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Visual Impact of Zernike and Seidel Forms of Monochromatic Aberrations

Cheng, Xu*; Bradley, Arthur†; Ravikumar, Sowmya†; Thibos, Larry N.‡

doi: 10.1097/OPX.0b013e3181d95217
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Purpose. The aim of this study was to examine the impact of different aberrations modes (e.g., coma, astigmatism, spherical aberration [SA]) and different aberration basis functions (Zernike or Seidel) on visual acuity (VA).

Methods. Computational optics was used to generate retinal images degraded by either the Zernike or Seidel forms of second through fourth-order aberrations for an eye with a 5-mm pupil diameter. High contrast, photopic VA was measured using method of constant stimuli for letters displayed on a computer-controlled, linearized, quasimonochromatic (λ = 556 nm) display.

Results. Minimum angle of resolution (MAR) varied linearly with the magnitude (root mean square error) of all modes of aberration. The impact of individual Zernike lower- and higher-order aberrations (HOAs) varied significantly with mode, e.g., arc minutes of MAR per micrometer of root mean square slopes varied from 7 (spherical defocus) to 0.5 (quadrafoil). Seidel forms of these aberrations always had a smaller visual impact. Notably, Seidel SA had 1/17th the impact of Zernike SA with the same wavefront variance, and about 1/4th the impact of Zernike SA with matching levels of r4 wavefront error. With lower-order components removed, HOAs near the center of the Zernike pyramid do not have a large visual impact.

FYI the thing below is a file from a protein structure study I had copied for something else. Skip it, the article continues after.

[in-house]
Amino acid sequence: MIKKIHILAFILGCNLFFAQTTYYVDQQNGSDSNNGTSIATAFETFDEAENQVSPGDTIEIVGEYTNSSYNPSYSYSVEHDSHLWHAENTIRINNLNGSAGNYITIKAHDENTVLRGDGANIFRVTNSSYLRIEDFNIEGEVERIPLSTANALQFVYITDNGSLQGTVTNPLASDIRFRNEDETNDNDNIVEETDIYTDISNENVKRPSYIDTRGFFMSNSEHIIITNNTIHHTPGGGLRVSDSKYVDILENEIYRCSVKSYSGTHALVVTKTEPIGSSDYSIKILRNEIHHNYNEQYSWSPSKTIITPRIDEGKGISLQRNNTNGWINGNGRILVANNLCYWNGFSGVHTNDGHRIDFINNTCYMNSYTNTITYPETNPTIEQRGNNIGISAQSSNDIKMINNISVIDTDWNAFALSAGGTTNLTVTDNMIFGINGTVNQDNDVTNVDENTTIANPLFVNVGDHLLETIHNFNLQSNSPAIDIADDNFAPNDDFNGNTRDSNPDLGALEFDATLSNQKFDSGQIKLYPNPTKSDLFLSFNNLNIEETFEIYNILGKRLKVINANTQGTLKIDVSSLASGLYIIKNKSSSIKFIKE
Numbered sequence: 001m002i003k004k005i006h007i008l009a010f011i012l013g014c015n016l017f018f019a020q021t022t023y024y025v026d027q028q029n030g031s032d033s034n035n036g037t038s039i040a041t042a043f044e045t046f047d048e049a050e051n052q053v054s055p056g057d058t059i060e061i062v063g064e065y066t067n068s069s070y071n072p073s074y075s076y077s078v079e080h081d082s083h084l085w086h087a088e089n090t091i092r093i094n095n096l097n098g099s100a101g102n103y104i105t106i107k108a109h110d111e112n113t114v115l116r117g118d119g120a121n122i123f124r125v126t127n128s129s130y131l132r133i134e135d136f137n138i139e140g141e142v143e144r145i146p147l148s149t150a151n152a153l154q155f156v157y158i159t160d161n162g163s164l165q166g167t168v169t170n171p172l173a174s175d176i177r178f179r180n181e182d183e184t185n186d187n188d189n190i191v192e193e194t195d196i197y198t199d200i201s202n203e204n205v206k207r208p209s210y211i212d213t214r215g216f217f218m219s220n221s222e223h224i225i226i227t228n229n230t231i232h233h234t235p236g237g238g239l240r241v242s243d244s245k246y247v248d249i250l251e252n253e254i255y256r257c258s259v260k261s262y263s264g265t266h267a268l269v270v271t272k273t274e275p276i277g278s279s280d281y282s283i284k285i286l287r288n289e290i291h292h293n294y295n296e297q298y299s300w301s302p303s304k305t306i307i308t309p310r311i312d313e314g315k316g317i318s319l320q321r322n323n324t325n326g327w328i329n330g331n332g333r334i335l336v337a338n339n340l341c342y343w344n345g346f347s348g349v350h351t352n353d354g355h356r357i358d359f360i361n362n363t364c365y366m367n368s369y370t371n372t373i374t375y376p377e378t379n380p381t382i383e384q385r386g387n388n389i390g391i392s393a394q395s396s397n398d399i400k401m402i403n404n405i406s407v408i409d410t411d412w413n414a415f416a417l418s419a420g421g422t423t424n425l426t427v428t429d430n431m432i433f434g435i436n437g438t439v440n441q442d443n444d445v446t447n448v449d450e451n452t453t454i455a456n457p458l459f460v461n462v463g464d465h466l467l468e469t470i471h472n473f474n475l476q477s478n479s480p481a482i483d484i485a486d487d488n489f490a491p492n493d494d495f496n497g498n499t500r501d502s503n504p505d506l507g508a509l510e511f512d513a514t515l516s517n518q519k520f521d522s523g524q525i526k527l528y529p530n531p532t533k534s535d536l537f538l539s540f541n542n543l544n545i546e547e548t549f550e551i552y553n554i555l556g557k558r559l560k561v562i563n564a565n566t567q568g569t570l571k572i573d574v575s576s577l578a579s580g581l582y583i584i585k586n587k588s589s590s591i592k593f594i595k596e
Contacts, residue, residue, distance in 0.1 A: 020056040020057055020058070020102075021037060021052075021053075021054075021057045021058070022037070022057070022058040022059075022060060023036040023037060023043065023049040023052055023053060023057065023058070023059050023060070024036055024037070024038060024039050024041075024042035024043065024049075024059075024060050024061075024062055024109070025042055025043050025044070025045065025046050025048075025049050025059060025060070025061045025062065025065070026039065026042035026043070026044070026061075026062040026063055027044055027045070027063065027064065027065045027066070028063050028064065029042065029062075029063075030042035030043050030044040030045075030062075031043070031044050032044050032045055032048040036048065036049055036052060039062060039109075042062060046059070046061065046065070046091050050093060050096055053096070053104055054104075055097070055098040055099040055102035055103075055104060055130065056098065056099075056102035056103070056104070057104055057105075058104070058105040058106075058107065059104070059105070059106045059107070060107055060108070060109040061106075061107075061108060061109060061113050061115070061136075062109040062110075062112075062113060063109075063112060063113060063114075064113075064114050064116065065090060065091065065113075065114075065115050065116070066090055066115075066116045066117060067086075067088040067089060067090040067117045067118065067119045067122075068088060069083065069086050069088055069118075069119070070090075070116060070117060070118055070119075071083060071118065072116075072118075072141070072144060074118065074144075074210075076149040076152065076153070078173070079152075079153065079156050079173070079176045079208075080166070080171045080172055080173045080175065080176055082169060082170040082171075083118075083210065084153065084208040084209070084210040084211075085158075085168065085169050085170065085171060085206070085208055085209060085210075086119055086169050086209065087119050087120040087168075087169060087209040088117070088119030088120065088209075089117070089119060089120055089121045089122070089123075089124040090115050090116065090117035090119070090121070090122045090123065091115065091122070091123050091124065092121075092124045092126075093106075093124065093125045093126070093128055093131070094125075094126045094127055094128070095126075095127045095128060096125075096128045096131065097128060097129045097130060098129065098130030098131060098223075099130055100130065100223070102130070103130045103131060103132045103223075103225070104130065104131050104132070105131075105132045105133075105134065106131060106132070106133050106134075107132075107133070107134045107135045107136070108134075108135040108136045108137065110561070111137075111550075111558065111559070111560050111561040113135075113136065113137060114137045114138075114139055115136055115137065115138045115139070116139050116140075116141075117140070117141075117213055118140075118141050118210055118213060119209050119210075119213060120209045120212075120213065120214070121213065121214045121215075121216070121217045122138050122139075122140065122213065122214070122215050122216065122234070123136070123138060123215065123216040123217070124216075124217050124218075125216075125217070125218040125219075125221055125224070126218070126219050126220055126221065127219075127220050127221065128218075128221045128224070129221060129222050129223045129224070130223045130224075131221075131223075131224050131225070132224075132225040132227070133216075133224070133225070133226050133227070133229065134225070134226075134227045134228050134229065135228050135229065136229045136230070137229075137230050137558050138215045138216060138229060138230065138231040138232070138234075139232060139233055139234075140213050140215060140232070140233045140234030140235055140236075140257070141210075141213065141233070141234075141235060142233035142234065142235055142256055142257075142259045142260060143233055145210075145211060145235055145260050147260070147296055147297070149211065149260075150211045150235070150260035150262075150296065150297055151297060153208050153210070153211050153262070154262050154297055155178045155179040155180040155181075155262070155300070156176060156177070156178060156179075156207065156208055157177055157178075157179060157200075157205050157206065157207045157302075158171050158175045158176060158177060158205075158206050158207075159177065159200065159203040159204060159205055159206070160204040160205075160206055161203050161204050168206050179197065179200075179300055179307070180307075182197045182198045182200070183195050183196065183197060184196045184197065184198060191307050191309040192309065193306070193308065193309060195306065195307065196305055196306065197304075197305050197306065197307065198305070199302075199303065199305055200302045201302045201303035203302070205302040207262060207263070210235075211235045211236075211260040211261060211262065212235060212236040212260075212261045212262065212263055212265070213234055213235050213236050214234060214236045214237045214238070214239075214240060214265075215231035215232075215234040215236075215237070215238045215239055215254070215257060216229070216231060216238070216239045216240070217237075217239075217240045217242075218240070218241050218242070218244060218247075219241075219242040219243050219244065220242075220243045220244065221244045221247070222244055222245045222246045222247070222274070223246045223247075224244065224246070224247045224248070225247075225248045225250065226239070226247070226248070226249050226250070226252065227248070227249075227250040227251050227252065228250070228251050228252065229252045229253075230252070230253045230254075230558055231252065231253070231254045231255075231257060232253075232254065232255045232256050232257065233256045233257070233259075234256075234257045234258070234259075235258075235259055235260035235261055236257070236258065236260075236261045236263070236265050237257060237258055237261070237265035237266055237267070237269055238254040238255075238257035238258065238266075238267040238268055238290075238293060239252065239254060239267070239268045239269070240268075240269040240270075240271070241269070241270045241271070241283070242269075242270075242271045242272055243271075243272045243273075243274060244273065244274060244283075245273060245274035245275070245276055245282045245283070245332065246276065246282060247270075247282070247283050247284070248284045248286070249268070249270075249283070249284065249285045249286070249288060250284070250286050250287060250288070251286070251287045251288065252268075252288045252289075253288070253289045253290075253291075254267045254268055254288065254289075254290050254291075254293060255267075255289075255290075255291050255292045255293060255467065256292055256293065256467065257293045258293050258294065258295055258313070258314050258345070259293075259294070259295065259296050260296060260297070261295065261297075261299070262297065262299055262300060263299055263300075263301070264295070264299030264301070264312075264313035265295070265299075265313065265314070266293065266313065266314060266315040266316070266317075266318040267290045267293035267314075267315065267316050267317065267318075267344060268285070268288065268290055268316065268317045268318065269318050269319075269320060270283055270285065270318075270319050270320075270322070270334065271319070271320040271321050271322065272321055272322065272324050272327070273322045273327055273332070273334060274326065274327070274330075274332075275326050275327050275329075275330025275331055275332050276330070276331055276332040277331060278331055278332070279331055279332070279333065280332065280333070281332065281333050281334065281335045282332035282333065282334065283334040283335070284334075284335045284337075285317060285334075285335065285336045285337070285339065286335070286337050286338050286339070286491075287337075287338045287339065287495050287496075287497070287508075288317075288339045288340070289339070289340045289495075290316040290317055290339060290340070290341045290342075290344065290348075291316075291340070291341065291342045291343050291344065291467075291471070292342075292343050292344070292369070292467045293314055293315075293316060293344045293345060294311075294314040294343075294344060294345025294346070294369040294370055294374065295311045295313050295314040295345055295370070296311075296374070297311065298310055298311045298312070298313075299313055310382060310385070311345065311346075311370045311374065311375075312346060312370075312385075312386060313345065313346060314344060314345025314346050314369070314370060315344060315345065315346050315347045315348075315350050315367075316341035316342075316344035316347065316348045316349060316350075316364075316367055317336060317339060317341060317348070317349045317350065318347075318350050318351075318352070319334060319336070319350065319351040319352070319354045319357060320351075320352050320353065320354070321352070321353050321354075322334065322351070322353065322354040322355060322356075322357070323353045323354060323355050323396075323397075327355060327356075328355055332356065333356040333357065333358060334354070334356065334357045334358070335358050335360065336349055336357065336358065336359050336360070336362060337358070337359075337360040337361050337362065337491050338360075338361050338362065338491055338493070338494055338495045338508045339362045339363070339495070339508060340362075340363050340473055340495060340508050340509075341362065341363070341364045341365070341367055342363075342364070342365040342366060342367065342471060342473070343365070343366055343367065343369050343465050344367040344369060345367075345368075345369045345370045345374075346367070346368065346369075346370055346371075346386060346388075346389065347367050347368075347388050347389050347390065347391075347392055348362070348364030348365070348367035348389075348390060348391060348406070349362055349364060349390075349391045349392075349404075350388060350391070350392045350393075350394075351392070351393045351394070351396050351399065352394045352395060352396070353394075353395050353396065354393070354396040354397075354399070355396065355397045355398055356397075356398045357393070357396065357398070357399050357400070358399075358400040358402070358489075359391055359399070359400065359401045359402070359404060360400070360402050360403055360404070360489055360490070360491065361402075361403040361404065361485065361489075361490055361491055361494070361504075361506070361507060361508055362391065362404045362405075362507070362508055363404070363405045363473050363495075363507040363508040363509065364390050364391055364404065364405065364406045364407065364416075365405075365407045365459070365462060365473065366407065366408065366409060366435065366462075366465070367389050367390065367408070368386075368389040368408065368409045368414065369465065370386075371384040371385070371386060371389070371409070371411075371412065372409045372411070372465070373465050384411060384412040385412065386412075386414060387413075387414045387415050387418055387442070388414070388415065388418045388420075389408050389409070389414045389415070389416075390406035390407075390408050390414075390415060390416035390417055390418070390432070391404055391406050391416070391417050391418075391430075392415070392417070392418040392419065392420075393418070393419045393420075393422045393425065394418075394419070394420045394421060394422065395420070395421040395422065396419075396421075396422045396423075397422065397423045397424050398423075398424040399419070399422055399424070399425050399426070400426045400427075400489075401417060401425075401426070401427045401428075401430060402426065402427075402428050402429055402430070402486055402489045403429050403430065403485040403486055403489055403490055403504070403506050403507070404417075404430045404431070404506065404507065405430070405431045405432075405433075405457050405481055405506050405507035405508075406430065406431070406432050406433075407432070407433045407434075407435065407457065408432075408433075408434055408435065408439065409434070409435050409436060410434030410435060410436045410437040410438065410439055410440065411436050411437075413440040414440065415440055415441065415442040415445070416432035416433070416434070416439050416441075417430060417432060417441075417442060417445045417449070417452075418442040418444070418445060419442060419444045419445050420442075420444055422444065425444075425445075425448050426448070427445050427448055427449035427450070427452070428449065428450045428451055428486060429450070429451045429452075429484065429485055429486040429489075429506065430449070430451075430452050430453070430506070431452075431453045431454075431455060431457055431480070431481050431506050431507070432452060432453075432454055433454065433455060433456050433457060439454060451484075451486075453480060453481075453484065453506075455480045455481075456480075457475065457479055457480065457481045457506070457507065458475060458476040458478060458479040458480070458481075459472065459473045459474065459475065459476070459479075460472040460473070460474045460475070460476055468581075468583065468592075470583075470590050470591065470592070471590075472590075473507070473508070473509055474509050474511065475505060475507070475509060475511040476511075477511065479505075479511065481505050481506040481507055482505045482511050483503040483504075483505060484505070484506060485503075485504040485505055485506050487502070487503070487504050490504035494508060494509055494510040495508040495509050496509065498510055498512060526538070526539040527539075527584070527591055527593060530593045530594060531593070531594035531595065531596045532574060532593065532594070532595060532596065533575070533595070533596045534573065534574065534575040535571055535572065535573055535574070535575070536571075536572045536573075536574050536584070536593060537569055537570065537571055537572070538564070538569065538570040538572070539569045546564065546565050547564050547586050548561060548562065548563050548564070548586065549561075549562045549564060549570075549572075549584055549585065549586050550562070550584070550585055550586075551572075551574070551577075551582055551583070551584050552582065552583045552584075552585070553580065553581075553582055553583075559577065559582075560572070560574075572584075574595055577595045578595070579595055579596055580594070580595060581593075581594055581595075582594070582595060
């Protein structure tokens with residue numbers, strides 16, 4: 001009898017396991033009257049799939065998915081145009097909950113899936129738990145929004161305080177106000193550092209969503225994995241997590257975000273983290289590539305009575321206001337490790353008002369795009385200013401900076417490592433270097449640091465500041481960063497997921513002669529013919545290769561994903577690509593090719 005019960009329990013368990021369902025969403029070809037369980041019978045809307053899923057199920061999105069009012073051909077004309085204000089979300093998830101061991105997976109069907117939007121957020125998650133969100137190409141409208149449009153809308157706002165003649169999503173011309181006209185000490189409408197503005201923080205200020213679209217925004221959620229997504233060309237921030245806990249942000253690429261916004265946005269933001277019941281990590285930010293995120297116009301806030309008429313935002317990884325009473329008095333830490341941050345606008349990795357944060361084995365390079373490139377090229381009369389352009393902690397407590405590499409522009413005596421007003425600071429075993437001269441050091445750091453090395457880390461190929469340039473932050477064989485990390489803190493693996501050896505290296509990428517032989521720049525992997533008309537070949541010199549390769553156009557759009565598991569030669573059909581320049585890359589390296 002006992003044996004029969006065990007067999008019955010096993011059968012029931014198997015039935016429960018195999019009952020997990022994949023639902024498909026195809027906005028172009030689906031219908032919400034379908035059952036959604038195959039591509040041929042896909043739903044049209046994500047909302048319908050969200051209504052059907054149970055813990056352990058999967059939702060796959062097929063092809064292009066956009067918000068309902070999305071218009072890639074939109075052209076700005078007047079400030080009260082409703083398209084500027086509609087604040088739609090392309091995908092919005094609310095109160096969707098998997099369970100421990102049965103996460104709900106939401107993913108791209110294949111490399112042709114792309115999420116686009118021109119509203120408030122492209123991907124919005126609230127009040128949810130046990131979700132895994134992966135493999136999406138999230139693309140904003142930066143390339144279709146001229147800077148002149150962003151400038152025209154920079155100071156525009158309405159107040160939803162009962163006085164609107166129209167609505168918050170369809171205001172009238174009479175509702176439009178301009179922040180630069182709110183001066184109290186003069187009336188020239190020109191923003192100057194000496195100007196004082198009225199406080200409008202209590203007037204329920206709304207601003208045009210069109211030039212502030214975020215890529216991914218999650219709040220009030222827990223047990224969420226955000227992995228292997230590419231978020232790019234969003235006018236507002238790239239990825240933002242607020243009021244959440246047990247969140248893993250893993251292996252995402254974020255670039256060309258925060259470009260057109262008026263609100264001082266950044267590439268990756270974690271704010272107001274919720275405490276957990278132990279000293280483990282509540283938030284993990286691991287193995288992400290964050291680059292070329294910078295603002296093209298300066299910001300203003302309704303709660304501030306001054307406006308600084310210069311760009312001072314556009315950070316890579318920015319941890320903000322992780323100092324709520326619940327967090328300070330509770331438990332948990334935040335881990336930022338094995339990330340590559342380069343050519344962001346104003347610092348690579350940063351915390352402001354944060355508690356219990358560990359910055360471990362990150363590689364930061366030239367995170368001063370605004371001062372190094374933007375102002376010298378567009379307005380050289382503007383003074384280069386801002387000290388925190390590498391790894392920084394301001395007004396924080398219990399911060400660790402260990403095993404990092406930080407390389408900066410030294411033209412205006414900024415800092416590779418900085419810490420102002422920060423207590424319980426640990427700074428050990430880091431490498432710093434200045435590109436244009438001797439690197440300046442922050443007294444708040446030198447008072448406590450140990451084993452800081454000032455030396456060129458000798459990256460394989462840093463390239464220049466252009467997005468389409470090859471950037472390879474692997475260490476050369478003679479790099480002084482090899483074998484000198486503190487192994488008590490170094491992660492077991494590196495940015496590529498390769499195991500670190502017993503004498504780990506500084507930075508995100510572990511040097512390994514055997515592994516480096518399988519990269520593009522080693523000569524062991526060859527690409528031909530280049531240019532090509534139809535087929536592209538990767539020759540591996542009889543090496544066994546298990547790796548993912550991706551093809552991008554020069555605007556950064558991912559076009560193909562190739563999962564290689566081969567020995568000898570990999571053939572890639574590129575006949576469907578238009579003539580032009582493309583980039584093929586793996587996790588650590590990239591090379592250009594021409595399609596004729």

Conclusions. The majority of the visual impact of high levels of fourth-order Zernike aberrations can be attributed to the second-order terms within these polynomials. Therefore, the impact of SA can be minimized by balancing it with a defocus term that flattens the central wavefront (paraxial focus) or maximizes the area of the pupil with a flat wavefront. Over this wide range of aberration types and levels, image quality metrics based on the Point Spread Function (PSF) and Optical Transfer Function (OTF) can predict VA as reliably as VA measures can predict retests of VA, and, thus, such metrics may become valuable predictors of both VA and, via optimization, refractions.

*MD, PhD



School of Optometry, Indiana University, Bloomington, Indiana (XC, AB, SR, LNT), and Vistakon Corporation, Jacksonville, Florida (XC).

Received October 6, 2009; accepted December 21, 2009.

© 2010 American Academy of Optometry